No argument there.
Religious liberty, in fact, is one reason why Gov.
The bill is the one that supporters call "aid in dying" and opponents label "assisted suicide."
Catholic leaders in California — especially Los Angeles Archbishop Jose H. Gomez — assert it would violate God's will if terminally ill patients chose to end their painful suffering by taking a lethal drug prescribed by doctors.
"Helping someone to die — even if that person asks for that help — is still killing," Gomez wrote in a church column.
But what if a dying person didn't believe that himself, and his own faith did not preach it? Shouldn't he be allowed to practice his own faith and decide for himself, free from another religion's doctrine?
Religious liberty to me means the freedom to believe in your own god — or believe in none.
The pope, far as I could tell, didn't comment specifically on end-of-life issues, let alone the California bill that Brown has been studying.
Francis brought up religious liberty while meeting with President Obama and speaking to thousands outside the White House.
"The right to religious liberty," the pope said, is "one of America's most precious possessions." And we should all be "vigilant," he continued, "to preserve and defend that freedom from everything that would threaten or compromise it."
The California bill, AB 15, modeled after an Oregon "death with dignity" law, has religious liberty written all through it.
If a physician or hospital for religious reasons — or for any reason — didn't want to participate in expediting death, they wouldn't have to.
"We're respectful of other beliefs and opinions," said a major co-author, Sen.
The pope did briefly touch on life issues in addressing Congress.
"The Golden Rule also reminds us of our responsibility to protect and defend human life at every stage of its development," he said.
That sounded like a prelude to restating the church's opposition to abortion and perhaps venturing into the end-of-life debate. But Francis instead called for the global abolition of the death penalty.
That was encouraging for the California bill's main author, Assemblywoman Susan Eggman (D-Stockton), a former Army combat medic and hospice worker. She's also a Catholic.
There's non-religious opposition to the bill as well. Some disability activists fear it could be used by family members and insurance companies to get rid of burdensome and costly patients.
Dying people might be coerced into swallowing the lethal pill, opponents protest. But under the legislation, coercion would be a felony.
There are many safeguards.
Two doctors would have to confirm that a patient was terminal, had less than six months to live and was mentally competent.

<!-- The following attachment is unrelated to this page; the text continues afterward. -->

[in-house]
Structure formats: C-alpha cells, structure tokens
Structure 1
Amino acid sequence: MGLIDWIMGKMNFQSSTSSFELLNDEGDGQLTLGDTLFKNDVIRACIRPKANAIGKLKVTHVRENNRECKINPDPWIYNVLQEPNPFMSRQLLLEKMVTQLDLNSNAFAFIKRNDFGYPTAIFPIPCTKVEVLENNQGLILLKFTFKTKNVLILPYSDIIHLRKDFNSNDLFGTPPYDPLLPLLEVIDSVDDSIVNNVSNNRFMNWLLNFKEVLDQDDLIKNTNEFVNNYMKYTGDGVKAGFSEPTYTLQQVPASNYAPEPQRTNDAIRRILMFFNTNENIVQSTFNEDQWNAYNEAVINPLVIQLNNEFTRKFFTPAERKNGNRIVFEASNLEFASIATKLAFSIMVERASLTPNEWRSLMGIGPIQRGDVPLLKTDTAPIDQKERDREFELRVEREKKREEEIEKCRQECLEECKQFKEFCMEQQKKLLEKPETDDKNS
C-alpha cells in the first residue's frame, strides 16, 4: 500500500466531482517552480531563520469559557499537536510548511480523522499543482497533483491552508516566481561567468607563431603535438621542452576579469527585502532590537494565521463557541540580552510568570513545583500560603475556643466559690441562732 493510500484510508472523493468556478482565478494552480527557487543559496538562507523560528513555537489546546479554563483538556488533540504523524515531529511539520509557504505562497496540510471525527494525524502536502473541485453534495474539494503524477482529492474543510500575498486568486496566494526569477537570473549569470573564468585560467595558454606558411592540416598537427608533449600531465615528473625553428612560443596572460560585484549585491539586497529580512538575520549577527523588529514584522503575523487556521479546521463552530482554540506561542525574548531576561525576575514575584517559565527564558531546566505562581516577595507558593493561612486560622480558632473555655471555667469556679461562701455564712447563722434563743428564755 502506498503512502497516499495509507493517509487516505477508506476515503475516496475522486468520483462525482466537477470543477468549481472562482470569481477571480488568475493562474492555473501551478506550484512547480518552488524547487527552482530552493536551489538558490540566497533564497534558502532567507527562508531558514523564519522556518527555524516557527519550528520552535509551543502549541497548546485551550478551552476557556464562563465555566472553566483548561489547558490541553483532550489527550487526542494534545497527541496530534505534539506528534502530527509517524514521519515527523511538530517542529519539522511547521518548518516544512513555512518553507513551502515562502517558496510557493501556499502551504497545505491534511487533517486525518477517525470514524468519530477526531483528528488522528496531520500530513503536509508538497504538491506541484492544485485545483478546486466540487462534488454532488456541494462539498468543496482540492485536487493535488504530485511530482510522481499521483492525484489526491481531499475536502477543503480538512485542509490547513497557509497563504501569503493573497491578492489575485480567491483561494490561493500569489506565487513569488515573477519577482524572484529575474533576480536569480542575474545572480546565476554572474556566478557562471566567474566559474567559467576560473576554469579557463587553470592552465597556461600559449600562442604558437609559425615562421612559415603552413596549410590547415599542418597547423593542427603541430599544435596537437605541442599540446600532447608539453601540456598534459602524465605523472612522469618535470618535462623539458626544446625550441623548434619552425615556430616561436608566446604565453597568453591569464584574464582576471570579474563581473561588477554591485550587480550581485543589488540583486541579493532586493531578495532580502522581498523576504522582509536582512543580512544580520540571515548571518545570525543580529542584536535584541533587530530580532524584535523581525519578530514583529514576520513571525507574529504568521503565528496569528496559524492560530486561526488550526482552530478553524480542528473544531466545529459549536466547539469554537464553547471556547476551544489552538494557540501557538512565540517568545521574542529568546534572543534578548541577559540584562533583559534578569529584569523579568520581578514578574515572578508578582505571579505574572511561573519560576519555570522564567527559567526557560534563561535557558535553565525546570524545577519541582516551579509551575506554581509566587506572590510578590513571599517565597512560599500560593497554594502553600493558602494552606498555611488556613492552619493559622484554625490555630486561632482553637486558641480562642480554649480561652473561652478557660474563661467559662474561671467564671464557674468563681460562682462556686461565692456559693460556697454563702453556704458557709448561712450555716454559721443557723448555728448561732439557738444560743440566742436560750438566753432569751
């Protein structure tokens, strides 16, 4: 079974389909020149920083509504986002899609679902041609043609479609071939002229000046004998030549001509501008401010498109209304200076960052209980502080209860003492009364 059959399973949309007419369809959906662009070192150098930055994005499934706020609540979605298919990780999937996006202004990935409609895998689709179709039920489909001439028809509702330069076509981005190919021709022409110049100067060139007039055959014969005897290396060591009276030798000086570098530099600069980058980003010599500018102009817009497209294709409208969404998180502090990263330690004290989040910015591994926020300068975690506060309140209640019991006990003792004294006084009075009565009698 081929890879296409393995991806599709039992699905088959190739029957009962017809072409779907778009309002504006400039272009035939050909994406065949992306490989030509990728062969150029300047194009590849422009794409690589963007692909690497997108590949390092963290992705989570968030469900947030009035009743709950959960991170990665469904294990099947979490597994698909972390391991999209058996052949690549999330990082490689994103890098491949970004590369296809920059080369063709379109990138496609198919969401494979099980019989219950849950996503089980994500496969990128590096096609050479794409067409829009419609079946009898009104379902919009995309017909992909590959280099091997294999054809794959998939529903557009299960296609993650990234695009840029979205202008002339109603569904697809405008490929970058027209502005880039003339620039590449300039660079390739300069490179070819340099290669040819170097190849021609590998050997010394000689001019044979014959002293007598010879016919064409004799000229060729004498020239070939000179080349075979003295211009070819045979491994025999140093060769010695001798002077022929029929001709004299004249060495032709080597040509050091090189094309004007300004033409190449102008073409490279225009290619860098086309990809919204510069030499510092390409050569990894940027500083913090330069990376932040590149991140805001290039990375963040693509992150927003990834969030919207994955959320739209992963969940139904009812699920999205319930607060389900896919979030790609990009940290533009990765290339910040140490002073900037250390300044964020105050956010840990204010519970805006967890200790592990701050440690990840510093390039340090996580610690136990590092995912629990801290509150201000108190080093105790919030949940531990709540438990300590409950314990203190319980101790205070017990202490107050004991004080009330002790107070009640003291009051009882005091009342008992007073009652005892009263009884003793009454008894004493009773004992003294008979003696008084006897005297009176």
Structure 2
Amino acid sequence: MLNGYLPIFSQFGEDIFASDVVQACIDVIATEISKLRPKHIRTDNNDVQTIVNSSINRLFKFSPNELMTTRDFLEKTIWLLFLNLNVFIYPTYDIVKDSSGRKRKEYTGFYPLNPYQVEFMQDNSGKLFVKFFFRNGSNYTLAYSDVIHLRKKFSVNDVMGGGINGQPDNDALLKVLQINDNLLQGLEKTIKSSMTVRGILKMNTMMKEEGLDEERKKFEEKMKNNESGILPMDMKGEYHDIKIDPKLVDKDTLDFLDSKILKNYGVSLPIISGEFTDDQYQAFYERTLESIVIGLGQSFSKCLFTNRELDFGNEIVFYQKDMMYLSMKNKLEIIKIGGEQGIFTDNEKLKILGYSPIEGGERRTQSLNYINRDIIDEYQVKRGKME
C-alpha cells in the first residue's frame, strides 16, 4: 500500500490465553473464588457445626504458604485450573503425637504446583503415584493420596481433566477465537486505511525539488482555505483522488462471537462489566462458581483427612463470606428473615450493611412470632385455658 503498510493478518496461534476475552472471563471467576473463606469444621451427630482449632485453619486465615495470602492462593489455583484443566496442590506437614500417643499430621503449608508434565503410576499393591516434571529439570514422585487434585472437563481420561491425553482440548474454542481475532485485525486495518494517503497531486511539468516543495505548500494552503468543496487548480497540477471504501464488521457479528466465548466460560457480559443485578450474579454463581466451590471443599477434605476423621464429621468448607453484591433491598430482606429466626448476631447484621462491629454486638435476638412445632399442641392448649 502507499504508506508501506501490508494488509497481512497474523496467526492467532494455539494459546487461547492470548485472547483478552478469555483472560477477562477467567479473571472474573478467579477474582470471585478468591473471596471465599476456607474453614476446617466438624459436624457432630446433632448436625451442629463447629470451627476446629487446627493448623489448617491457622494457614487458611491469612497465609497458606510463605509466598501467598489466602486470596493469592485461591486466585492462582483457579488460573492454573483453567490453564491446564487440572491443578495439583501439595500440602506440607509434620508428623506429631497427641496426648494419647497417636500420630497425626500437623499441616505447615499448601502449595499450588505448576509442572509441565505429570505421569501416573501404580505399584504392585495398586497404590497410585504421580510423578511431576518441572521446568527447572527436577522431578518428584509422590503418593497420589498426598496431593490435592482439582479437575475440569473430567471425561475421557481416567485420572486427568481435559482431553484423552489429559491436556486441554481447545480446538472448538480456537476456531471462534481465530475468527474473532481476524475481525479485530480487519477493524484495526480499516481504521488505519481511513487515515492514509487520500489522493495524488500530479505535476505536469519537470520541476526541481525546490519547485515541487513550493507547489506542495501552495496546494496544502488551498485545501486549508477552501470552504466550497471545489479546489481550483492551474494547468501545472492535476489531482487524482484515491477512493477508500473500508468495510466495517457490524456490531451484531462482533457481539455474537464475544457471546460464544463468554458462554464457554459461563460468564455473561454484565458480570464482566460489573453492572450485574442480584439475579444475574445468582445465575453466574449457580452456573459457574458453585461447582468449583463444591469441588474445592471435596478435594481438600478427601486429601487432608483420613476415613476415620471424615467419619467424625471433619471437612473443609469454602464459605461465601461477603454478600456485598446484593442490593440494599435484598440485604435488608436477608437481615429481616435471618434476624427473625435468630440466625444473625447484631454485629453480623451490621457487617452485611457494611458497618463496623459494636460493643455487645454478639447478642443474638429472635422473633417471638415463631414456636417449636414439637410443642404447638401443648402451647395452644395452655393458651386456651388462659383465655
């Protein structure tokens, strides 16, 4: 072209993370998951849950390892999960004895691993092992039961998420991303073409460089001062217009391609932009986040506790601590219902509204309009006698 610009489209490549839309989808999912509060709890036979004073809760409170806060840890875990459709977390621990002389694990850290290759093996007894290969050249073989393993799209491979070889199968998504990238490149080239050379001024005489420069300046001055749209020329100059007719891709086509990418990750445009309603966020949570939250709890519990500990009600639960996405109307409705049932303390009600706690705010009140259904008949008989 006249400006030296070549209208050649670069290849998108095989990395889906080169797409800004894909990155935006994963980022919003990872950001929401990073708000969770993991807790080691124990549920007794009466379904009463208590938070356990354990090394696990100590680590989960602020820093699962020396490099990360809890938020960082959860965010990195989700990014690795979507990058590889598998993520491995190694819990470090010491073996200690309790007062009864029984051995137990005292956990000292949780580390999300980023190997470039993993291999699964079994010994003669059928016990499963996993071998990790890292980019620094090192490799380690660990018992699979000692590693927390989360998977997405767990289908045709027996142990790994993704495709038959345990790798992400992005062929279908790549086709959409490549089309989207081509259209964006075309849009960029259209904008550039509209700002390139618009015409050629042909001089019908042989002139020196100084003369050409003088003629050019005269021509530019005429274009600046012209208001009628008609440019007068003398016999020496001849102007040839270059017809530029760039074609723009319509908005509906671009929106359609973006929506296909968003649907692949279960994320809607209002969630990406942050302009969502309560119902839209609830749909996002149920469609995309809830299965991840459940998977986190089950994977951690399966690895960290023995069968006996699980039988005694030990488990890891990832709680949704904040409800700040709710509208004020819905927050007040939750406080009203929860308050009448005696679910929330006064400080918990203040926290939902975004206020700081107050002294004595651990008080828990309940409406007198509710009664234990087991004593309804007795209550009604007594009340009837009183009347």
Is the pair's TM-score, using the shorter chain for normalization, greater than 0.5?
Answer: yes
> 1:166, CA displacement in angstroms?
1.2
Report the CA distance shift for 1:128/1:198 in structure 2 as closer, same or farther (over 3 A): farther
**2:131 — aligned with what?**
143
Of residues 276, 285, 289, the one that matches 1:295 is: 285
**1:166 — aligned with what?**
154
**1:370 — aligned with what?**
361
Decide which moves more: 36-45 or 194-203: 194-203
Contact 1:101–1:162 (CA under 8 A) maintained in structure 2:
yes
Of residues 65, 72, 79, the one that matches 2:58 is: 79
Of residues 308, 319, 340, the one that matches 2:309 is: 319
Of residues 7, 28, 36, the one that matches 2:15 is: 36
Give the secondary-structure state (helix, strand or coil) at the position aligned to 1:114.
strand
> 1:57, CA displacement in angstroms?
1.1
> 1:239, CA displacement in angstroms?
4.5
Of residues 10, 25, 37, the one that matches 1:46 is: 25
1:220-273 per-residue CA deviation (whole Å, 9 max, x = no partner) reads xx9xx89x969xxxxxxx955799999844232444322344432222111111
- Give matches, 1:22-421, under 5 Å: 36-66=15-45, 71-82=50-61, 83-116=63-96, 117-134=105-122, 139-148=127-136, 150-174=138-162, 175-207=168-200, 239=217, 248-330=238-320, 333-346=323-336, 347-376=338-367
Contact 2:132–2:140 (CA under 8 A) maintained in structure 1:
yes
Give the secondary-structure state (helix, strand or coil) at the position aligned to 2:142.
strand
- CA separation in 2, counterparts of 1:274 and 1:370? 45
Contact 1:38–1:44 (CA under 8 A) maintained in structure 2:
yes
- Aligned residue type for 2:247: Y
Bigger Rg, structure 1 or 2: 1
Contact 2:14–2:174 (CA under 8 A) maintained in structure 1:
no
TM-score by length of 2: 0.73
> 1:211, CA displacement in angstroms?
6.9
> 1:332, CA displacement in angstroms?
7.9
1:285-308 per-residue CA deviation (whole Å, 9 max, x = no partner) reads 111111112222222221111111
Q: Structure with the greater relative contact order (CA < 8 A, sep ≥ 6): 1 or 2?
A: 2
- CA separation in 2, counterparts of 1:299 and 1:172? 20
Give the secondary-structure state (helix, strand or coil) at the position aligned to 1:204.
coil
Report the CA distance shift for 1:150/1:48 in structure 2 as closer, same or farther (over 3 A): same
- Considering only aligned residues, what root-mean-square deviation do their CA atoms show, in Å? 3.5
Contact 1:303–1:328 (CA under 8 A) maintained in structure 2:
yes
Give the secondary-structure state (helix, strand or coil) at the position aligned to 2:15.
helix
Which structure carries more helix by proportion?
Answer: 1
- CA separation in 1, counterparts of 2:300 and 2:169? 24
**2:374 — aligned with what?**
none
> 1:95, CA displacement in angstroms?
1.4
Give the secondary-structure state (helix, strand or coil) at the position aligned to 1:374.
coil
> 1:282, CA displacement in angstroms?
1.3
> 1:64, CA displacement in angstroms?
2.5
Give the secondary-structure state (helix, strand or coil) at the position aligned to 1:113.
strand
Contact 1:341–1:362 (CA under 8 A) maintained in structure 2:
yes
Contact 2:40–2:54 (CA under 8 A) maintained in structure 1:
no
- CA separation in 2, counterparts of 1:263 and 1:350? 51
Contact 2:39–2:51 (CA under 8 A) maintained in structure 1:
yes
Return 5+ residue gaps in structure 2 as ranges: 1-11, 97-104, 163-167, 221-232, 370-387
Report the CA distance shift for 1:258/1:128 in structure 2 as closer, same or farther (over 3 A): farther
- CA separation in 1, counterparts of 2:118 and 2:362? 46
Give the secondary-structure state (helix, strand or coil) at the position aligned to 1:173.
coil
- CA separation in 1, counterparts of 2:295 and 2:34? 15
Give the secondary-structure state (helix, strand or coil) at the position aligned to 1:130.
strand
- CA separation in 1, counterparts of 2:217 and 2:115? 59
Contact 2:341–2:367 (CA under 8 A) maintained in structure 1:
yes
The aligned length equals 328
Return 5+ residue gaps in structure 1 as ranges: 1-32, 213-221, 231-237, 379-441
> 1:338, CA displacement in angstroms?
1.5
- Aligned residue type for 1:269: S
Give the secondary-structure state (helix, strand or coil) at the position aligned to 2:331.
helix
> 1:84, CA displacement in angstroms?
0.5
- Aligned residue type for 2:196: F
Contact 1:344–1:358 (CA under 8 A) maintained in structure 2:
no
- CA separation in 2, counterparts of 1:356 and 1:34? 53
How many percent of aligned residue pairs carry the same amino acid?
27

The patient would need to make two oral requests to a physician at least 15 days apart, with witnesses. The doctor and patient would have to meet once alone. The patient would need to sign a written reconfirmation of his decision within 48 hours of taking the lethal drug. And the drug would have to be self-administered.
As the bill struggled through the Legislature, lawmakers on both sides told personal stories of parents, loved ones or friends enduring indignities and excruciating pain as they neared death. Floor debates got emotional.
"We're going to have blood on our hands," warned one opponent, Sen. Jeff Stone (R-Temecula).
"Who is going to decide how we die?" asked a supporter, Sen. Hannah-Beth Jackson (D-Santa Barbara). "Some of my colleagues tell me it's God's decision. Well, it is not my God's decision. My God wants me to make that decision."
"Sorry, colleagues," said Assemblywoman
"I don't pretend to know what God has in mind about peace and suffering," said Assemblywoman Catherine Baker (R-San Ramon), "but I know it's a merciful God. To allow suffering is cruel."
Baker was one of only three Republicans who voted for the bill.
Because it passed in a special legislative session, Brown will have just 12 days to act after he receives the measure. It didn't reach him until Friday, although the Legislature adjourned Sept. 11. There has been a stack of bills stuck in legislative paperwork.
But there's also speculation that the aid in dying bill was purposely held back to give the traveling governor plenty of time to analyze it. And he has been "taking a close look," says spokesman Evan Westrup.
"We're giving him time and space to think about it," Eggman says.
There's also a theory that Brown, a former Jesuit seminarian, didn't want to sign the bill while the pope was in the country.
The governor hasn't publicly hinted what he might do.
He did criticize the Legislature for taking up the bill in a special session with a different cast of Assembly committee characters after opponents blocked it in a regular session panel. But it's unlikely Brown would veto the measure merely because he didn't like the legislative process. That would seem petty.
If the governor thinks the bill's safeguards are adequate, it's difficult to envision him vetoing it. Yes, he's a former seminarian, but he embraces abortion rights and same-sex marriage against his church's teachings.
Brown believes in religious liberty.